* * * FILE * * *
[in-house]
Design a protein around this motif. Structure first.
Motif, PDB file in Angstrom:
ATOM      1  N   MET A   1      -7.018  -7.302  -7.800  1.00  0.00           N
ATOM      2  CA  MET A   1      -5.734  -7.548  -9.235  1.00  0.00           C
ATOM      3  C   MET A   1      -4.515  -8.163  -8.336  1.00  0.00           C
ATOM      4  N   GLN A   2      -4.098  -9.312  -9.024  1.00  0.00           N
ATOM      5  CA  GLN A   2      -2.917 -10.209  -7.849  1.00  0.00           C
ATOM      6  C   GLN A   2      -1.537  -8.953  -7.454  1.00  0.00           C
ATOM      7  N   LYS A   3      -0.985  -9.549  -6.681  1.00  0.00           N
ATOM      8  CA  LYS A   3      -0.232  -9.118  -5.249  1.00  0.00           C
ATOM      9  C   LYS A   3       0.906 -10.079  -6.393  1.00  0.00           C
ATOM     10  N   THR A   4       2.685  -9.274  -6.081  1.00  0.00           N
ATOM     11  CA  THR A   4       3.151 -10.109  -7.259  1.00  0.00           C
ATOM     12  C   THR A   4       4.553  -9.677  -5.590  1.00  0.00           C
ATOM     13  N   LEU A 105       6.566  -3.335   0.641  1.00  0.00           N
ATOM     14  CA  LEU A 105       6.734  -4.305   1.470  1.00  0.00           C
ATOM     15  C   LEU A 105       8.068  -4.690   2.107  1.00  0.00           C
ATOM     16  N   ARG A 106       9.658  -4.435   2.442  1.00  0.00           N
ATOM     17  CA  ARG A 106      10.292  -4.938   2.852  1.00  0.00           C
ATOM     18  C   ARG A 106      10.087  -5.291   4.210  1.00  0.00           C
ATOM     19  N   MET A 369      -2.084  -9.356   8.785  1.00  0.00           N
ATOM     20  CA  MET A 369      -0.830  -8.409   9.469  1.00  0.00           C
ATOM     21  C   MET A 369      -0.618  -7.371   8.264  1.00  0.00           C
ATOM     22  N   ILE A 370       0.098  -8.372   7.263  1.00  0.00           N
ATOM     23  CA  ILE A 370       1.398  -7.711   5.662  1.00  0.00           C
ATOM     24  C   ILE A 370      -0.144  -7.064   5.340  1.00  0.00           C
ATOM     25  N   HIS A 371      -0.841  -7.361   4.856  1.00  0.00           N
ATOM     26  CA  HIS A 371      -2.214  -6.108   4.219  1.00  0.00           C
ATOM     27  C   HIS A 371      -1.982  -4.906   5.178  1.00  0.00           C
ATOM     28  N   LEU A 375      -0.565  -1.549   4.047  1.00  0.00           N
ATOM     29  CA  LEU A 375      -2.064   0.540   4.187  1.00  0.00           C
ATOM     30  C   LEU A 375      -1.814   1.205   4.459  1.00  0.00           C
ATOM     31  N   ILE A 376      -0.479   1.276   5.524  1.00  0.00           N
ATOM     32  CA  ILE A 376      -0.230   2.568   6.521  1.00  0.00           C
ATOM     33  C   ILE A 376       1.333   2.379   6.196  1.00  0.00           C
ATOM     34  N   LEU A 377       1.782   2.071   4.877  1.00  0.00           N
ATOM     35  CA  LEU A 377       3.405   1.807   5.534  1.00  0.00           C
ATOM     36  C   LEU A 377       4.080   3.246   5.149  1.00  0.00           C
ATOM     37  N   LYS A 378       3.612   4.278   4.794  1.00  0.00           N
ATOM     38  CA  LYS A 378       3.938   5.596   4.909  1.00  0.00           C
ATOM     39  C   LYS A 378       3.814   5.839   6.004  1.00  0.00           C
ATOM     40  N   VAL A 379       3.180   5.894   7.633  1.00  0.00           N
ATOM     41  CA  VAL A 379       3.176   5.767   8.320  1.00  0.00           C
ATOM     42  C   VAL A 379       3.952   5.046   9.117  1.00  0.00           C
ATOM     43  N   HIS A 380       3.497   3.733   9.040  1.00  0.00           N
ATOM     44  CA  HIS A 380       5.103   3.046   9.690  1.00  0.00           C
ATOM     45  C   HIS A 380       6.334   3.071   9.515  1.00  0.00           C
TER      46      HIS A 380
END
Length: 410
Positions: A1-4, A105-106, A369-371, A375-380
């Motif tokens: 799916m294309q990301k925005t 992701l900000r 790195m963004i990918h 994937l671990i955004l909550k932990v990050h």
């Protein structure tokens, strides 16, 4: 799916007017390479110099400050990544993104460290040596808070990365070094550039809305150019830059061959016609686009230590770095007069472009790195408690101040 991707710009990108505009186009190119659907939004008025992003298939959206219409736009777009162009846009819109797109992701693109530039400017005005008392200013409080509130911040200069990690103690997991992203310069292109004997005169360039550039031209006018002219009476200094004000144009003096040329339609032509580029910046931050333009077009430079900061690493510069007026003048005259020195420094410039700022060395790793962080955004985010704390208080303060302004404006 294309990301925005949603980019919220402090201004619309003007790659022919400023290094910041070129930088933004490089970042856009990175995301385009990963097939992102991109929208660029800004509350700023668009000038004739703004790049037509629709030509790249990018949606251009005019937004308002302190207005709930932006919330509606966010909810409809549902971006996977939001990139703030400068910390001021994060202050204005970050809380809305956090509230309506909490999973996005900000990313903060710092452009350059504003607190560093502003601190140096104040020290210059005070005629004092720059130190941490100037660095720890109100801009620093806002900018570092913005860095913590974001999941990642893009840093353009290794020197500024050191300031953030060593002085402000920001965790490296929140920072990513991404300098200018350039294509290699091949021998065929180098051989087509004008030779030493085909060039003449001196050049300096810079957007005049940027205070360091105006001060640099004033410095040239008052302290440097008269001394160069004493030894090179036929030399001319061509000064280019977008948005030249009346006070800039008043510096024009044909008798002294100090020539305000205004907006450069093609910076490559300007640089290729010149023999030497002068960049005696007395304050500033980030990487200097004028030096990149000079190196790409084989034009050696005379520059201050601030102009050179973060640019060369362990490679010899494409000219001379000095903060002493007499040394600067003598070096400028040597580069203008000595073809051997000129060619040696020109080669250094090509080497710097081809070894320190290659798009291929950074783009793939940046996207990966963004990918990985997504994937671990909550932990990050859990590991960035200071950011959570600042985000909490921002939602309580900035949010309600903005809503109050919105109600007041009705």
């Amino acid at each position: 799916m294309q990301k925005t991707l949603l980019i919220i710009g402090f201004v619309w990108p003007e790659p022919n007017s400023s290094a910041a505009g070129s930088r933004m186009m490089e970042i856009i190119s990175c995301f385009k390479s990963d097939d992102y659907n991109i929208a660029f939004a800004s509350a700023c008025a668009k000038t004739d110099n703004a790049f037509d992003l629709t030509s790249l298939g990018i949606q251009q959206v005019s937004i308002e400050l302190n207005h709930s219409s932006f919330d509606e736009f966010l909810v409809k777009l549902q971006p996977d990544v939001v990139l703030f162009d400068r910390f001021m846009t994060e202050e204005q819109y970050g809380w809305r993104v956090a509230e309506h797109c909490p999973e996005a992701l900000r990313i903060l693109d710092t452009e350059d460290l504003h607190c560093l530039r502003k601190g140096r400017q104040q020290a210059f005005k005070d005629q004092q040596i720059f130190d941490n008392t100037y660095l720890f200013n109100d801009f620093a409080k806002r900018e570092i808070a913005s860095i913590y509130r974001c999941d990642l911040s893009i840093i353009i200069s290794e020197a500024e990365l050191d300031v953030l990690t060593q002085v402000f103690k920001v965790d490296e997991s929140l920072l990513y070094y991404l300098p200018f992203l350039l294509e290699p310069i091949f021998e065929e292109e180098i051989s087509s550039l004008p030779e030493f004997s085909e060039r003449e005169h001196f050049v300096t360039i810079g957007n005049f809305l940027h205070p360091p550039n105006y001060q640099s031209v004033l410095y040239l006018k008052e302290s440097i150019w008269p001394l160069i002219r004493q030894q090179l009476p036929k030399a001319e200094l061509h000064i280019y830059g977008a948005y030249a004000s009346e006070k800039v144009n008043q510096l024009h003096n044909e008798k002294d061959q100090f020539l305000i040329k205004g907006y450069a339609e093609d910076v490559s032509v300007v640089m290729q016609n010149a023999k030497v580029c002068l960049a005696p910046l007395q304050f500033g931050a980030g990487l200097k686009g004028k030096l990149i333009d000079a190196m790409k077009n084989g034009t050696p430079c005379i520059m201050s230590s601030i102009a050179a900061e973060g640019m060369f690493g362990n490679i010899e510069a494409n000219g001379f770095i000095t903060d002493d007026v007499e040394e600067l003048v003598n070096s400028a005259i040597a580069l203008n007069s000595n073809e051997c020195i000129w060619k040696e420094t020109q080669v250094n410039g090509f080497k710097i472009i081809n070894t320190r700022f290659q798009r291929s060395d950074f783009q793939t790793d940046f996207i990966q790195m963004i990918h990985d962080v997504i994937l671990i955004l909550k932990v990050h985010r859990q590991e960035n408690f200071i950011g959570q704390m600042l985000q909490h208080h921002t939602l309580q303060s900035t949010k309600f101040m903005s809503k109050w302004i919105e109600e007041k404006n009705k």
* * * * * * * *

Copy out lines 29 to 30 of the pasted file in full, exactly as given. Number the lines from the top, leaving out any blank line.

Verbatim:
ATOM     26  CA  HIS A 371      -2.214  -6.108   4.219  1.00  0.00           C
ATOM     27  C   HIS A 371      -1.982  -4.906   5.178  1.00  0.00           C